Alert! Massive Asteroid coming towards Earth after 30 years! Know the danger
Another massive asteroid is going to fly past Earth in the next week. Know what NASA says about it.
New year has just started and we already have seen a number of asteroids that have passed past Earth since, including one bigger than Big Ben that passed by near-Earth on January 11. As we move forward in a new week, a new asteroid will be waiting to pass near the Earth. On Tuesday, January 18 at 4.51 p.m. ET, an asteroid with a diameter of 3,451 feet (slightly over one kilometers) will travel past our Earth at a speed of thousands of miles per hour.
The National Aeronautics and Space Administration (NASA) Small-body Database revealed that this upcoming massive asteroid is known as 7482 or 1994 PC1 since it was discovered in 1994 by Robert McNaught at the Siding Spring Observatory in Australia. This asteroid's orbit around the Sun lasts 1.57 Earth years. This means that every 30 years or so, its orbit crosses that of the Earth.
NASA predicts that it will pass within 1.2 million miles of our planet at a speed of 47,344 miles per hour. Though nobody expects 7482 (1994 PC1) to hit Earth, but NASA estimates that it will be the closest asteroid that Earth will get for the next two centuries. Don't worry! Despite being the closest, it will not be close enough to ring alarm bells of harm. NASA says that Earth will be 1.2 million miles (1.93 million kilometers) away from this massive asteroid.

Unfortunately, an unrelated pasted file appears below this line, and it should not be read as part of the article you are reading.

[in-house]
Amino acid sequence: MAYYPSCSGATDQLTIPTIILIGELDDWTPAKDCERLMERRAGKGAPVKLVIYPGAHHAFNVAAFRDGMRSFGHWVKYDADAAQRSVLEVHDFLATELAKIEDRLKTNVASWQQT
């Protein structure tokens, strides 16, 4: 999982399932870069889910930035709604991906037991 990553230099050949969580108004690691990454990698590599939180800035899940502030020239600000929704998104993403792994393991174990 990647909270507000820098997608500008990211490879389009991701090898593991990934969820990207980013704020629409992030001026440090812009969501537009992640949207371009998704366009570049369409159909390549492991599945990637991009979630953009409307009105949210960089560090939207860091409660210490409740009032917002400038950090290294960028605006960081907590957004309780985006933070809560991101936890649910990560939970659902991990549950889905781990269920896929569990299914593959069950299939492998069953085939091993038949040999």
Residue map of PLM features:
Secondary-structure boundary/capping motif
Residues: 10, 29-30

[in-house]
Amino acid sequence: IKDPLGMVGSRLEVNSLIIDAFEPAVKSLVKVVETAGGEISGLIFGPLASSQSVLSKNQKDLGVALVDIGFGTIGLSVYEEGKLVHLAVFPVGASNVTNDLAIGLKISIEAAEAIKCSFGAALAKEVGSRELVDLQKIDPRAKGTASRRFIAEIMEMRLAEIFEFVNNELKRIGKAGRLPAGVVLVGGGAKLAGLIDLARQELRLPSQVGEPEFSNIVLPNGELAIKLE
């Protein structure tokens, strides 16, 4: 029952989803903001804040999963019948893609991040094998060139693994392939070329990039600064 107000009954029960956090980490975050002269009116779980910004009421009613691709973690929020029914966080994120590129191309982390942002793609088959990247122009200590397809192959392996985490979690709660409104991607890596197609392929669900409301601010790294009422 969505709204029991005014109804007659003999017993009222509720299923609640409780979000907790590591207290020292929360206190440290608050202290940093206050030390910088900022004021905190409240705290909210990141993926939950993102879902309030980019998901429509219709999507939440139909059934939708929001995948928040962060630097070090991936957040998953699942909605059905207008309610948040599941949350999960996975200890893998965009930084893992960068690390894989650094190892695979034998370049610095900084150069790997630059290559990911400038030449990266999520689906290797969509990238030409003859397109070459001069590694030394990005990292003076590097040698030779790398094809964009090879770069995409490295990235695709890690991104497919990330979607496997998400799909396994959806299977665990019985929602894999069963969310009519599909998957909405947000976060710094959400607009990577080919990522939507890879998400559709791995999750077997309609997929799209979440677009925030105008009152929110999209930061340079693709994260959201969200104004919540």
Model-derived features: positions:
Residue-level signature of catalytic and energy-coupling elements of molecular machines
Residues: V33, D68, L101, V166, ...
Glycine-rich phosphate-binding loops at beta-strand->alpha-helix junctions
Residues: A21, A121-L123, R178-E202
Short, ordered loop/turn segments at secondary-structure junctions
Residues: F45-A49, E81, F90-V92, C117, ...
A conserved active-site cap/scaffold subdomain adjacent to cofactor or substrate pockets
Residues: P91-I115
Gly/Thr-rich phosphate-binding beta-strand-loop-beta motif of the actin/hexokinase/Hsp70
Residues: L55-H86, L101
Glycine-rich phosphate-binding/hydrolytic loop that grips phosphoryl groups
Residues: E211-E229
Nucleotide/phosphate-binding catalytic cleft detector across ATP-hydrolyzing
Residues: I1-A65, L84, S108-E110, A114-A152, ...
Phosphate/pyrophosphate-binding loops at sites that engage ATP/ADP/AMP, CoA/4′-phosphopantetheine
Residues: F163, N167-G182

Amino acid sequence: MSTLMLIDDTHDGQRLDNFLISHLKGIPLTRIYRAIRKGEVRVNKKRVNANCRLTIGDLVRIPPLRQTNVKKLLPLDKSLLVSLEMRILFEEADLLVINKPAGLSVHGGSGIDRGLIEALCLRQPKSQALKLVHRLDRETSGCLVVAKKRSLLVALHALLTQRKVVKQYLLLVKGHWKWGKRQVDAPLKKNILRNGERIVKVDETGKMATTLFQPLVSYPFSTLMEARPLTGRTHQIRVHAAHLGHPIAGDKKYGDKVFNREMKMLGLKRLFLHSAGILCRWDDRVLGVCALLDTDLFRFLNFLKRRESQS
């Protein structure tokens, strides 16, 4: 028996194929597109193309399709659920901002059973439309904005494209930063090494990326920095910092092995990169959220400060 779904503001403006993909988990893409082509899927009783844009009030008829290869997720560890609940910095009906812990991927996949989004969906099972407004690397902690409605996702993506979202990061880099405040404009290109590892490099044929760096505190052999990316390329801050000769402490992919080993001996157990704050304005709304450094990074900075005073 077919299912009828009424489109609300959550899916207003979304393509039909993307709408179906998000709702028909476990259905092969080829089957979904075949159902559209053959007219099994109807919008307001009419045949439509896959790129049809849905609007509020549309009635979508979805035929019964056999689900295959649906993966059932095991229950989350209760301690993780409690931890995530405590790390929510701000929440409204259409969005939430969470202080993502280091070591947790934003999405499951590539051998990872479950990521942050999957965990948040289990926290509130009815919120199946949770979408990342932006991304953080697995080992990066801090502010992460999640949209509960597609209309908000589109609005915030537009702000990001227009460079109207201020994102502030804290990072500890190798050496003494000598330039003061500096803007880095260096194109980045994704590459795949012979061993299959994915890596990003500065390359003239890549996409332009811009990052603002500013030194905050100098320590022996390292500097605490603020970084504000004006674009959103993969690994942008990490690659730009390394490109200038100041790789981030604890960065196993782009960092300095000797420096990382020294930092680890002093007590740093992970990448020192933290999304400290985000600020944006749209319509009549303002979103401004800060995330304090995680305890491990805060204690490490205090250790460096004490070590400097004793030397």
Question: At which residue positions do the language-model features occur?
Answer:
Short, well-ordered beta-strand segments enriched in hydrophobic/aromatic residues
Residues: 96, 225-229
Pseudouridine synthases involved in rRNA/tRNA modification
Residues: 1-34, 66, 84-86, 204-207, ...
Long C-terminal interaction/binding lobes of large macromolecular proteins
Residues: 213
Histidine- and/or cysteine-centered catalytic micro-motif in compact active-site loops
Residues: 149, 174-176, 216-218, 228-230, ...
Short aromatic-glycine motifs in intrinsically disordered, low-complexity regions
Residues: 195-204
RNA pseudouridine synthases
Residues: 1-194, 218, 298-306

Is it the largest asteroid to hit Earth?
The asteroid 1994 PC1 will not be the greatest asteroid to pass by Earth. Earlier, on September 1, 2017, the asteroid 3122 Florence (1981 ET3) passed by and narrowly escaped colliding with Earth. That asteroid, which is believed to be between 2.5 and 5.5 miles in diameter, will pass by Earth again on September 2, 2057.
HTWant to witness this massive asteroid? You have a chance! This giant asteroid that has been incorrectly classified as 'apocalyptic' in the past, can be visible via a good telescope. But if you don't have access to a telescope, then you can still watch it live on the Virtual Telescope Project's website.